John and I set off from Kuala Lumpur for Kota Kinabalu (KK) in Brunei, northwestern Borneo. Yes, you heard right. I said Borneo. I credit John for the idea of getting out of KL for an adventure. The flight to KK only took a few hours. Again, we took our chances on Malaysian Airlines across the remote waters to our destination. Apparently, 2 Chinese tourists were taken hostage just 2 weeks before we arrived and one of the tourists was killed so we were advised to be careful and to stay close to the touristy area.
My thoughts turned to my grandfather who did something here with the Marines during WWII and talked about the headhunters. Funny to be potentially walking in his footsteps, minus the headhunters. Seems kind of cliche now.
KK Is inhabited more by the local indigenous population and John and I were invited as tourists to see how the locals live, work, play, etc. in their jungle huts. John having grown up in the jungle wasn’t too impressed so I steered us into going white water rafting in the jungle instead. Again, coming from the jungle, he had a difficult time wrapping his head around paying to go down a river. But, he humored his Caucasian American wife. It hadn’t rained much so the water was low. It was just our raft and another family from China in another raft plus our guides. They smoked like chimneys. The topography was gorgeous. John and the guides competed to see who could skip stones the greatest number of times.
Another expedition consisted of visiting a nature reserve dedicated to restoring the health of orangoutangs. I was worried that we would actually be brought to a black market ring of terrible people posing as conservers who had locked up these poor creatures and charged unknowing tourists a high price to see endangered animals. To my happy surprise, this was a legitimate operation and well-run. We were escorted to a well partitioned area and allowed to witness orangoutangs during a feeding. I have to admit that the area with these animals seemed so serene and peaceful similar to when I had the opportunity to see dolphins in the gulf. They were magical and it was if they knew it.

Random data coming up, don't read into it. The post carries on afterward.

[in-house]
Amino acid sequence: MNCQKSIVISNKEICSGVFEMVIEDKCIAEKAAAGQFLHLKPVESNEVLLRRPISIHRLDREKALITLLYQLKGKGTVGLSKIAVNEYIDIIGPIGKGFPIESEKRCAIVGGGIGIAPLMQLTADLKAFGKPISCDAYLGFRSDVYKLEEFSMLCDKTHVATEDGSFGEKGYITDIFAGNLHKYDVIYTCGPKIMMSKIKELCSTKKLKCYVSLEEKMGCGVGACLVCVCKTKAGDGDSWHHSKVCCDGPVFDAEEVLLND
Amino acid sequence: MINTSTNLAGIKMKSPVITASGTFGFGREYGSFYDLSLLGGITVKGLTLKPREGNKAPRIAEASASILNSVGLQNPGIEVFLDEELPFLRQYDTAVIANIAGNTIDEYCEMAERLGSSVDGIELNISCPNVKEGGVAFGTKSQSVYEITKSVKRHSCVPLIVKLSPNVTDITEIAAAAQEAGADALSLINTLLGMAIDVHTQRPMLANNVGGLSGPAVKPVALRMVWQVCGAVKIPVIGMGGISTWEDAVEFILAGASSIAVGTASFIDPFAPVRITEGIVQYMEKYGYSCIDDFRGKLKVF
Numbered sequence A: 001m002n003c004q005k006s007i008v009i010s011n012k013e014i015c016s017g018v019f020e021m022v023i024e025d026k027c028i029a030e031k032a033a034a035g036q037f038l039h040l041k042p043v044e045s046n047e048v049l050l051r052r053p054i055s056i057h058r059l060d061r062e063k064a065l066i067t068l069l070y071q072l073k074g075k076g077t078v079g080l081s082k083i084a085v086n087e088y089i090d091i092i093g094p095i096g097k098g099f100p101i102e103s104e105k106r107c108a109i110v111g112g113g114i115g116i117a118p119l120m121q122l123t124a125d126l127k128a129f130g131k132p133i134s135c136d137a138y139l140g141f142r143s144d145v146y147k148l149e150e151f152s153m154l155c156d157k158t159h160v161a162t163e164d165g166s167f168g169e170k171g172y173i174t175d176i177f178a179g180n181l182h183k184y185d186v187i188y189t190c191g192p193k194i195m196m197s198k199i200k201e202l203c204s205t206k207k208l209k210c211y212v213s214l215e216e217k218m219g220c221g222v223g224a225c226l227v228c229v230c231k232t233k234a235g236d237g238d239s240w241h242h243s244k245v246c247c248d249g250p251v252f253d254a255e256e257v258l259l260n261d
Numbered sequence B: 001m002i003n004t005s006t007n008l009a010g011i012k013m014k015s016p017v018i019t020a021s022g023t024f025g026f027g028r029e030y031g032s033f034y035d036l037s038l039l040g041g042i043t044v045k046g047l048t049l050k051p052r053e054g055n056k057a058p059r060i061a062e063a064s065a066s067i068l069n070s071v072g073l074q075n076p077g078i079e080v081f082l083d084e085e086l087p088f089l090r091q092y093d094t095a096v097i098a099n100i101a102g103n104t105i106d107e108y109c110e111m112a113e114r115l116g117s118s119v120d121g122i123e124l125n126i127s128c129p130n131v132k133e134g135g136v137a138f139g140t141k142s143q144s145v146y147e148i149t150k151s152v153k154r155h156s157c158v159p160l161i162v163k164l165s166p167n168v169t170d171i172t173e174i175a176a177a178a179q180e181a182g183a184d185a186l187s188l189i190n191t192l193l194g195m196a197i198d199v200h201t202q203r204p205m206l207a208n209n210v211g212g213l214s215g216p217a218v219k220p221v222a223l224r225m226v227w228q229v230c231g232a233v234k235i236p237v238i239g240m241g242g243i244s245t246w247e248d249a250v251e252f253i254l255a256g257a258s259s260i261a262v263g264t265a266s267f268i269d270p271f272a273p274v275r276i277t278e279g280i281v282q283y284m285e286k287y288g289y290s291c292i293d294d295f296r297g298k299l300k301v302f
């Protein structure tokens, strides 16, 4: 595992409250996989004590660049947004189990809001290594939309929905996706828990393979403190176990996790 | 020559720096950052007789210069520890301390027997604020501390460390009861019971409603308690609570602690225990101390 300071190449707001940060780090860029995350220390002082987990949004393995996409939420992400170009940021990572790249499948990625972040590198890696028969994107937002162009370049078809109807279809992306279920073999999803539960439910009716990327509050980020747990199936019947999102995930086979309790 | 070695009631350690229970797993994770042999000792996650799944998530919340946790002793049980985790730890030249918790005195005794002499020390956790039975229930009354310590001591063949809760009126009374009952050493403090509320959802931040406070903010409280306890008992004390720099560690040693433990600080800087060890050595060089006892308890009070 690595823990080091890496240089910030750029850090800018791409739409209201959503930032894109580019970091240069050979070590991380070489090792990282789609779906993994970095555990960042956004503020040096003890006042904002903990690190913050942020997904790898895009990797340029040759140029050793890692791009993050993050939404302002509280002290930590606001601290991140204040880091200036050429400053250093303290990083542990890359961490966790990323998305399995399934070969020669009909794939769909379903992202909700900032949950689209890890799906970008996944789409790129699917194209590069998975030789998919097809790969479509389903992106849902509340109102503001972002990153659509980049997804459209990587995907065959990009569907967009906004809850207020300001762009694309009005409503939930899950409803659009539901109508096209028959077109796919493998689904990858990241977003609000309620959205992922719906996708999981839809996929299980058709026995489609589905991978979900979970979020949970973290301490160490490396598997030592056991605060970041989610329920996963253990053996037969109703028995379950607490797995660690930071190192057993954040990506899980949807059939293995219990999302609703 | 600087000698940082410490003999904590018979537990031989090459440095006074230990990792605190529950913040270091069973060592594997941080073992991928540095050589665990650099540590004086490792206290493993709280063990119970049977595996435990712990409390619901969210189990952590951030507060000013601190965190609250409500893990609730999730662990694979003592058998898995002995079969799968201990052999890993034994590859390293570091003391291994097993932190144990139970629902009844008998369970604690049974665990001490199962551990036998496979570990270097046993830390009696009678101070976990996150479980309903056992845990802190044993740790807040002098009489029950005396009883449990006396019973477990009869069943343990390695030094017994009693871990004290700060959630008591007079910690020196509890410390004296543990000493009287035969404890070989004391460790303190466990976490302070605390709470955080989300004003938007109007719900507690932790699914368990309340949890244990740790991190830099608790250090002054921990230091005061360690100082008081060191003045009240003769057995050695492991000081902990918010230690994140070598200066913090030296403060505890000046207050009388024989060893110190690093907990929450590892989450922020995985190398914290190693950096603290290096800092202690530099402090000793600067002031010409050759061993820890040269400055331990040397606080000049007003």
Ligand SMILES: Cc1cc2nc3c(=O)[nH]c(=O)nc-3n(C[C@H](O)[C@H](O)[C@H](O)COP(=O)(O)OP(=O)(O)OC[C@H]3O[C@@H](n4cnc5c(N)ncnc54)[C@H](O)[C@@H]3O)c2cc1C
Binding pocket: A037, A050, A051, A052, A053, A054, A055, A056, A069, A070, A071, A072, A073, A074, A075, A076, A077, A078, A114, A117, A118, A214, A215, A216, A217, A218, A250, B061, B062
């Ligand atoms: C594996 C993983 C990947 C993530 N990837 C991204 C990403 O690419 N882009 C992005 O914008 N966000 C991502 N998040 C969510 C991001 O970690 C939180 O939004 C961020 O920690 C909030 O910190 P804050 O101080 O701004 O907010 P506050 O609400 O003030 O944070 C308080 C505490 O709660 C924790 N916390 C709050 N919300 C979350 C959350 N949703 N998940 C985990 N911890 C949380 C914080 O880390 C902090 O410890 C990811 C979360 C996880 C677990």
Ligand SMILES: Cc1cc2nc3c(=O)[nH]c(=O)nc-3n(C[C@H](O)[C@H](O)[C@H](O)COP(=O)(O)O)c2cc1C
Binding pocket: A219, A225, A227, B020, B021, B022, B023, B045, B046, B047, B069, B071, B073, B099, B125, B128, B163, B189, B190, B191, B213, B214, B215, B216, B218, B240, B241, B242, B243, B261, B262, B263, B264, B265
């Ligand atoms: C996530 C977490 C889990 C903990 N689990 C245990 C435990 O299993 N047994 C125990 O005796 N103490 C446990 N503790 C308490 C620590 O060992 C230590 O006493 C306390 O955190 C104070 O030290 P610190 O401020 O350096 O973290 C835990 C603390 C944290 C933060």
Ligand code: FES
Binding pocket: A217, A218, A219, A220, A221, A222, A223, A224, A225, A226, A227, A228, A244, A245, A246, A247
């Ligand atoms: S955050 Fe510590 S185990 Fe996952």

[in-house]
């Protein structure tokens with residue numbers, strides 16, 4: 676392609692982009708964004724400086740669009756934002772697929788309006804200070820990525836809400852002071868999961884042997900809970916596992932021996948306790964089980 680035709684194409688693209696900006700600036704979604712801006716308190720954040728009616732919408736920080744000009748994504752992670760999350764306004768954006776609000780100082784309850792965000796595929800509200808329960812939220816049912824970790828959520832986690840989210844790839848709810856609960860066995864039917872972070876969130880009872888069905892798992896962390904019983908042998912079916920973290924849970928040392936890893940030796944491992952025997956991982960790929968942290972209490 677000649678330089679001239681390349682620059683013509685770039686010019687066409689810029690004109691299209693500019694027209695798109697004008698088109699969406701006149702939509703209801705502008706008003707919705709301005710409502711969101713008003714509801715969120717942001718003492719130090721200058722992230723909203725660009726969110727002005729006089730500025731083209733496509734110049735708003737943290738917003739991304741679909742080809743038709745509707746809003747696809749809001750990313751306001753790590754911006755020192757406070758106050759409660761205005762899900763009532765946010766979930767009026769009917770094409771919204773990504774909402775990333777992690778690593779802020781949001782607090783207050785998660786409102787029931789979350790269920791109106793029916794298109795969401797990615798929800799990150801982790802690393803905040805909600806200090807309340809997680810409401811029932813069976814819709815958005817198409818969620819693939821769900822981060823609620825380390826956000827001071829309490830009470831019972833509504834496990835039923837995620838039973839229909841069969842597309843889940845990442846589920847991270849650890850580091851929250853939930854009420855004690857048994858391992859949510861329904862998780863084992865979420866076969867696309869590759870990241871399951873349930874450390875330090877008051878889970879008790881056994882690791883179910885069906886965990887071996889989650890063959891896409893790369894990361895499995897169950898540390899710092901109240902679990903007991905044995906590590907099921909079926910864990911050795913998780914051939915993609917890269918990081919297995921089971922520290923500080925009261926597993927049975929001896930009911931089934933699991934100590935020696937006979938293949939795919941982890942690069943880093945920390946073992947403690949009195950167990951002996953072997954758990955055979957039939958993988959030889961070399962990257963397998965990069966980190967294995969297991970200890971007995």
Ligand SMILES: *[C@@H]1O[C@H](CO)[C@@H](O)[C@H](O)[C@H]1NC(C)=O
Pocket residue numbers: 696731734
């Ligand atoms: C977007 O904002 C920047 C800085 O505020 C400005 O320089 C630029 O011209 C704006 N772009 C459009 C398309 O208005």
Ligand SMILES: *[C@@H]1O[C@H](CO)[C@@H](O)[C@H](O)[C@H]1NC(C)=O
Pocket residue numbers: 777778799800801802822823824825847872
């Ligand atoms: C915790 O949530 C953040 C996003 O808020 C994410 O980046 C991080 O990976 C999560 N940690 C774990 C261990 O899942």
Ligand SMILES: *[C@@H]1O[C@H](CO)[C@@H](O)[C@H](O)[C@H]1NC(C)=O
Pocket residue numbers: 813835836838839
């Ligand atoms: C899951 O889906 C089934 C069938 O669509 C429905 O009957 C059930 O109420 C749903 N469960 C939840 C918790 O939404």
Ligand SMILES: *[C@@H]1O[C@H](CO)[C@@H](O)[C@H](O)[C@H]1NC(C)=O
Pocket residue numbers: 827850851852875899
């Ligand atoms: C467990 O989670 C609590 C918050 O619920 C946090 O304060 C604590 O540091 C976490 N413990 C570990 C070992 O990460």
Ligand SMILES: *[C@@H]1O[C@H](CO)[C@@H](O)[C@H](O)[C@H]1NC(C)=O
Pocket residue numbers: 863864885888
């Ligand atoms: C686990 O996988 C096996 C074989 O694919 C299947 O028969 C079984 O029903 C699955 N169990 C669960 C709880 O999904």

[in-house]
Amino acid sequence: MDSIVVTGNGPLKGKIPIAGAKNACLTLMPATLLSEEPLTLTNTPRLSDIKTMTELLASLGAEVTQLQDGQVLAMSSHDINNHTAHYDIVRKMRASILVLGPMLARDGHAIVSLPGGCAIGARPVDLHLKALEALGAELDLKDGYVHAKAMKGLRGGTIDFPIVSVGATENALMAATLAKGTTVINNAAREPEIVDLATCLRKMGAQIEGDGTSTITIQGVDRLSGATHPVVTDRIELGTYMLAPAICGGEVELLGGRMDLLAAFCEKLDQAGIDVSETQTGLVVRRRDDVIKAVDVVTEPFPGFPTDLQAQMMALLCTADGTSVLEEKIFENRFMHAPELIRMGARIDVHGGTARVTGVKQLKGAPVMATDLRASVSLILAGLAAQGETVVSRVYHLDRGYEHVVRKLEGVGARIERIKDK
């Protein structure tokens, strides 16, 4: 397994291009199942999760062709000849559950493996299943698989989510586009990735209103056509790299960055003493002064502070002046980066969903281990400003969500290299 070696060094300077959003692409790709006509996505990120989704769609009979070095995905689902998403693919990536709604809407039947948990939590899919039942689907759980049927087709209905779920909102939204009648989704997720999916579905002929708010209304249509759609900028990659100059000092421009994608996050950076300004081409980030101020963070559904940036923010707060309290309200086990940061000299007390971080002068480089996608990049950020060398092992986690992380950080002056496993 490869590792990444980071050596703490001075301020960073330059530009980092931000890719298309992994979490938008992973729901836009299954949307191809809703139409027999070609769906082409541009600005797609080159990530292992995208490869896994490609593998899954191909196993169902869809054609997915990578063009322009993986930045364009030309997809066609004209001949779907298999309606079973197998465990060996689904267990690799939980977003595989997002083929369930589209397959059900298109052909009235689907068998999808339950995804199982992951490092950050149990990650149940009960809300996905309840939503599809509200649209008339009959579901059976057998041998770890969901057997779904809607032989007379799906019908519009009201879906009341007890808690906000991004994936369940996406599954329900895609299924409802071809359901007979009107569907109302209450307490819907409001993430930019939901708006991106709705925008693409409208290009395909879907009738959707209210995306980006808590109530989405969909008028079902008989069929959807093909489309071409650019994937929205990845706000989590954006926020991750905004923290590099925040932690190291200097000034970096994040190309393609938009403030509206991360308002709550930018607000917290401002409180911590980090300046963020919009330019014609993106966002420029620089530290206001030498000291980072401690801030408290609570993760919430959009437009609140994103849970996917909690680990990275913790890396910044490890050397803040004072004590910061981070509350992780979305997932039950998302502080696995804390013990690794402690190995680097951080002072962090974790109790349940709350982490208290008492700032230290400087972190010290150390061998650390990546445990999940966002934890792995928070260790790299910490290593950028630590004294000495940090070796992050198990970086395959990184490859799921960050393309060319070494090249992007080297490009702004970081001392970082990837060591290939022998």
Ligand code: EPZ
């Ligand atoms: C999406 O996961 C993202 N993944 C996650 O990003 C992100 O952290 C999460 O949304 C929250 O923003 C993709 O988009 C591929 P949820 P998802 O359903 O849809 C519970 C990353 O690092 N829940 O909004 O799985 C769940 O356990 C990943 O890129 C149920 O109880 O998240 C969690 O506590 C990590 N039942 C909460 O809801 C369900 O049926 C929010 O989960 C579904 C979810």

We also walked along the board walk in KK and happened upon a local market. I’ve always felt that checking out a local market is the best way to see the people, to see how people live, what they eat, and how they interact. I’ve been able to see markets all over the world but never before have I seen one so…what’s the right word, remote? They sold flavored water in reused water bottles.
I saw enormous green lobsters with orange and red colored dots down their spines flanking stalls. We saw children selling CDs and DVDs which were displayed on thin material on the ground. Another little boy wearing only cut off shorts lit firecrackers under the dock. Fishing boats dotted the coast. It was electric and interesting. And oh how I wanted to taste all the different food! But, John and I were already fighting stomach cramps, bloating and all other manner of terrible stomach parasitic symptoms. We settled for a quite evening on the beach sipping cocktails and watching the sun set on the water. Not bad for Borneo.
A few final notes about Borneo:
When John and I were at the airport in Kota Kinabalu, we noted that you could buy fresh fish and the vendor would pack it in a cooler for you so you could take it on the plane like a carry-on. Also, I used the restroom at the airport and proceeded to wash my hands. As I did, I noticed that I could hear water and my feet were getting wet. I looked down and noticed that water flowed from the spout into the basin and straight onto the floor and ran to a drain.